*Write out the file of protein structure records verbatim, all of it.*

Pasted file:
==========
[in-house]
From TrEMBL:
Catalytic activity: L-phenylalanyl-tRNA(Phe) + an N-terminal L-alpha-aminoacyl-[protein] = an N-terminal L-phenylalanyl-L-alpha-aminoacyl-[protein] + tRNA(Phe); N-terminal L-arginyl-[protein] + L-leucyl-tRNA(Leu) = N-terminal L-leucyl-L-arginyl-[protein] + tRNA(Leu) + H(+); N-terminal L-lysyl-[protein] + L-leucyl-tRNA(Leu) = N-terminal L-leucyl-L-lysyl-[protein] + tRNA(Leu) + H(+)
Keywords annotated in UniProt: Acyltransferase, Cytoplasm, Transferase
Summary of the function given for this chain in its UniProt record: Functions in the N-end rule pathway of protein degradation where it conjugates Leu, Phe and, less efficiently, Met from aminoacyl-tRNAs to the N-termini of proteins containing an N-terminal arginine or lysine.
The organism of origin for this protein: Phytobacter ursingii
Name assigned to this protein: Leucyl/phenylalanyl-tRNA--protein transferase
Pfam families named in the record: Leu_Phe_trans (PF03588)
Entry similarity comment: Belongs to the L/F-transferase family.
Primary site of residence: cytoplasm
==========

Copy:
[in-house]
From TrEMBL:
Catalytic activity: L-phenylalanyl-tRNA(Phe) + an N-terminal L-alpha-aminoacyl-[protein] = an N-terminal L-phenylalanyl-L-alpha-aminoacyl-[protein] + tRNA(Phe); N-terminal L-arginyl-[protein] + L-leucyl-tRNA(Leu) = N-terminal L-leucyl-L-arginyl-[protein] + tRNA(Leu) + H(+); N-terminal L-lysyl-[protein] + L-leucyl-tRNA(Leu) = N-terminal L-leucyl-L-lysyl-[protein] + tRNA(Leu) + H(+)
Keywords annotated in UniProt: Acyltransferase, Cytoplasm, Transferase
Summary of the function given for this chain in its UniProt record: Functions in the N-end rule pathway of protein degradation where it conjugates Leu, Phe and, less efficiently, Met from aminoacyl-tRNAs to the N-termini of proteins containing an N-terminal arginine or lysine.
The organism of origin for this protein: Phytobacter ursingii
Name assigned to this protein: Leucyl/phenylalanyl-tRNA--protein transferase
Pfam families named in the record: Leu_Phe_trans (PF03588)
Entry similarity comment: Belongs to the L/F-transferase family.
Primary site of residence: cytoplasm